As a Real Estate Investor or a property owner, it’s critical that you account for all expenses associated with ownership. One of the more significant factors that contribute to higher overhead costs is Property Taxes.
Property Taxes Aren’t “One Size Fits All”
One thing to keep in mind is there is no “One Size Fits All” as it relates to property taxes. In fact, every state and municipality is subject to distinct assessments that can result in substantial variances from zip code to zip code – and even property to property within the same area.
Generally, property taxes get assessed based on the current market value of the underlying real estate. The market value of the real estate is multiplied by the prevailing tax rate in the area to determine owners property tax liability. Since property values can get adjusted based on overreaching market factors, it’s worth noting the cost of your financial responsibility for property taxes is fluid and can increase or decrease. It is not a set or ‘static’ expense and can change from year to year.
How Property Tax Gets Used
Property taxes get used for supporting the community where you live. They may get used for various projects such as building new schools or maintaining existing schools, repairing streets and roadways, snow removal services, and other maintenance projects.
Local Government Sets The Standard
Ultimately, your local government determines what tax rate gets levied on property owners. Local tax assessors get tasked with the job of estimating the current fair market value of the properties within the district. Homes and properties with higher valuations are subject to higher taxes than residences and assets with lower market valuations. The state that you live or invest in are also factors that affect your property tax liability.
According to WalletHub, Hawaii had the lowest property tax rates in 2017, whereas New Jersey ranked the highest. Missouri ranks right in the middle.
Based on a home valued at $185,000, a homeowner in Hawaii could expect to pay around $500 in property taxes versus $4,400 + in New Jersey. A homeowner or investor in Missouri is responsible for approximately $1,850 for a property with the same valuation. As you can see, the state where you choose to live or make investments makes a significant impact on your property tax liability and your overall cost of living expenses.
While you might have an idea of what your property is worth, it is ultimately up to the tax assessor to determine the fair value of your property, since their evaluation is the one used when sending tax bills. Should you decide that you want to sell, renovate, or build, your home or property is subject to a reassessment using the forms and permits submitted to the city.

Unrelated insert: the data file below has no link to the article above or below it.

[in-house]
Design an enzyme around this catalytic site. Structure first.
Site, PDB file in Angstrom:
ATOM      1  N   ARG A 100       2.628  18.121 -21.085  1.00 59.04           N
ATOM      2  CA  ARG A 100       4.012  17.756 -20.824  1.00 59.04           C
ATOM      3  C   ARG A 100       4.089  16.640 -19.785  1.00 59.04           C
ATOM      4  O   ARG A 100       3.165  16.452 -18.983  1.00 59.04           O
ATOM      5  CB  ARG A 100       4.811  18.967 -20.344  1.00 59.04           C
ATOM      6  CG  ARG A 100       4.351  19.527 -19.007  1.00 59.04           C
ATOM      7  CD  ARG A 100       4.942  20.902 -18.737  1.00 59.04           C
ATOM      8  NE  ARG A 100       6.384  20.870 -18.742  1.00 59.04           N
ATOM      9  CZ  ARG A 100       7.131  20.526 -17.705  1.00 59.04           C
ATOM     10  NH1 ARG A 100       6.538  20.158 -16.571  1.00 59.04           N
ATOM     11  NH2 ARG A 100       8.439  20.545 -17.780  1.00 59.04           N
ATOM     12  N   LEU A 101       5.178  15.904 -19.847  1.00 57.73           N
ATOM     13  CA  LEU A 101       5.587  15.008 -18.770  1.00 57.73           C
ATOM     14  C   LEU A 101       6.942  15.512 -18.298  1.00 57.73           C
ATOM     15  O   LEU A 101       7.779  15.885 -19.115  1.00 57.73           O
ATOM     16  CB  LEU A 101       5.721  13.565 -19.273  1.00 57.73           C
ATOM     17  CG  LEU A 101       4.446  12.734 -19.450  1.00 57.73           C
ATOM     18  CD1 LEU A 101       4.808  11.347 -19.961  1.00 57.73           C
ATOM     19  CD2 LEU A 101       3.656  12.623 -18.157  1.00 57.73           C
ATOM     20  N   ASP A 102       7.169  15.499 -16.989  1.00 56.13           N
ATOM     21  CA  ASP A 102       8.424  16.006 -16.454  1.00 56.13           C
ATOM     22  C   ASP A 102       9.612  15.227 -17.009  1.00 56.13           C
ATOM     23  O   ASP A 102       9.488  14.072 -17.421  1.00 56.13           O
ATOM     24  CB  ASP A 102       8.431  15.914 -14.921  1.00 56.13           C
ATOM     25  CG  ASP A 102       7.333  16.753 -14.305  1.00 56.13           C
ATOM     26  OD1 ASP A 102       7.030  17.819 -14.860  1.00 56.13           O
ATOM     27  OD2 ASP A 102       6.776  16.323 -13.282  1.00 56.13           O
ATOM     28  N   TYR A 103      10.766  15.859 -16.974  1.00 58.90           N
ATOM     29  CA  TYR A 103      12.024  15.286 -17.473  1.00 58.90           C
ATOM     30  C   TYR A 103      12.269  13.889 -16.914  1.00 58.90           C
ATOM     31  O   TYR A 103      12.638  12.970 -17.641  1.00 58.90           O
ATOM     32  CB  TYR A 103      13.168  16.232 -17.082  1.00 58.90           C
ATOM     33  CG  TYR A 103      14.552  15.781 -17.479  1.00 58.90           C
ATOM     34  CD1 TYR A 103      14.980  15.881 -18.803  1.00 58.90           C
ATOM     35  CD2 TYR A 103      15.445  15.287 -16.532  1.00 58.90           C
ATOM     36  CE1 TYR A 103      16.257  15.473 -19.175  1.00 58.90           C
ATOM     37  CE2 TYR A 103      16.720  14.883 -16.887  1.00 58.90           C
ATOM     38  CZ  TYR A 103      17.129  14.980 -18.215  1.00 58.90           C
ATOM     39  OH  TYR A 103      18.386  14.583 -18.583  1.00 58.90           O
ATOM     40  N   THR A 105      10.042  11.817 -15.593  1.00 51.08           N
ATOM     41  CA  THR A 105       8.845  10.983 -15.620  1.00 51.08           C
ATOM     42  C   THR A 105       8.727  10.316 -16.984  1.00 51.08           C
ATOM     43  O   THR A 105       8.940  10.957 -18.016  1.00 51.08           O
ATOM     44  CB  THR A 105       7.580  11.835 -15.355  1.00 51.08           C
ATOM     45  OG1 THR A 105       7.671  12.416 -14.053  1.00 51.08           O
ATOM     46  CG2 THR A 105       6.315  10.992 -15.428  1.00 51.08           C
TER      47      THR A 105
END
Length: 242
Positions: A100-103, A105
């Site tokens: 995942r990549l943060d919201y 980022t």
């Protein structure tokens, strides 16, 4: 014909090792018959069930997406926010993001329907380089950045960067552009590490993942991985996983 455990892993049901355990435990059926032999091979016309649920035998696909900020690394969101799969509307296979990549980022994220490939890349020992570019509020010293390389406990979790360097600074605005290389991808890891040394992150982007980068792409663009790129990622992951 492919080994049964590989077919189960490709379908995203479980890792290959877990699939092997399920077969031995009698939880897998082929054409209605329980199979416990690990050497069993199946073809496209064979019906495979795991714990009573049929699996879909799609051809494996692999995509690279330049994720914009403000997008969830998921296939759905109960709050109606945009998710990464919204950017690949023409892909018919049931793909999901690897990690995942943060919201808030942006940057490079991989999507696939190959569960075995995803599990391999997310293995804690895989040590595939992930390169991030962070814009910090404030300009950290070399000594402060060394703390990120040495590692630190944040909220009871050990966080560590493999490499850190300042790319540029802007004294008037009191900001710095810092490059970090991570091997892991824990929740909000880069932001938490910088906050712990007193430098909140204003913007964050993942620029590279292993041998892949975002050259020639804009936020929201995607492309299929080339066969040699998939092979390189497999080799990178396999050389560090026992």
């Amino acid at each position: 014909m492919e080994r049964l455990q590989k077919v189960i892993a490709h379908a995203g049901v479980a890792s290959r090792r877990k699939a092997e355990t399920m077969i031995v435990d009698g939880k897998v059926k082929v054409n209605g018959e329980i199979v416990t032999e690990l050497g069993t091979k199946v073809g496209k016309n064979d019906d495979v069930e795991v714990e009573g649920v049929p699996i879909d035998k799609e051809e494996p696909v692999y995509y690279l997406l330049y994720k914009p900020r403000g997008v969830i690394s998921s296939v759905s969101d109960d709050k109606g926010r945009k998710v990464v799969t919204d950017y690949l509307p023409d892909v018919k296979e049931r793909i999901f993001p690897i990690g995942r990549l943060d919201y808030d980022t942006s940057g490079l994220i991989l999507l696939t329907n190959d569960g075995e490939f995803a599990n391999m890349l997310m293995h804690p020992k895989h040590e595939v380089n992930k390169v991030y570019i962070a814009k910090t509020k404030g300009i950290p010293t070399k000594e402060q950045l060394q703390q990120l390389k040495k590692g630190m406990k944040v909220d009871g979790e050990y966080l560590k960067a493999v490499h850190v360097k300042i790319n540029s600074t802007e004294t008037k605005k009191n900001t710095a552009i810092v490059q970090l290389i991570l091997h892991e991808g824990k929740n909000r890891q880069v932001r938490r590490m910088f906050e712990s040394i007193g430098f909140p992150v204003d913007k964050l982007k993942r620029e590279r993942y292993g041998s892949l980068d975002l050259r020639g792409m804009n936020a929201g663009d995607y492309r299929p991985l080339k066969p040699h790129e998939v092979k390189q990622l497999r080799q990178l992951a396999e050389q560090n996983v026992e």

Once you’ve determined the assessed value of your home or property, the next number you need to know is the mill levy in your municipality. A mill levy is a fancy term for the property tax rate in your city or region. Mill levies vary from city to city, so you want to be sure you have the correct price for your area. Mill levies often get based on the amenities available in the community. A high-end neighborhood with better schools and well-maintained roads is likely to have a higher mill levy than a city with crumbling roads or a struggling school system. You can find out your local mill levy rate by calling or check your local government website.
Once you know what your home value and the mill levy rate in your town is, all you need to do is multiply your home’s assessed value by the mill levy percentage rate. The result is the amount of property tax you owe.
How Do Property Taxes Get Paid?
The way that your property taxes get paid is dependant on how you bought your home. In most cases, homeowners pay their property taxes using an escrow account provided by their mortgage servicer. Depending on the terms of your loan, a portion of your mortgage payment gets put into escrow to pay the tax liability automatically. Should you overpay your escrow account, you are likely to be eligible for a refund. If you don’t pay enough into escrow over the course of a year to pay the balance of your property tax liability, you might need to go ‘out of pocket’ to cover this bill.
How Can I Save On Property Taxes?
While there is no way for homeowners and investors to avoid paying property taxes, there are strategies available to help you minimize your overall tax burden, which saves you money in the long run. Our real estate education provides all the information you need to for investment and financial success!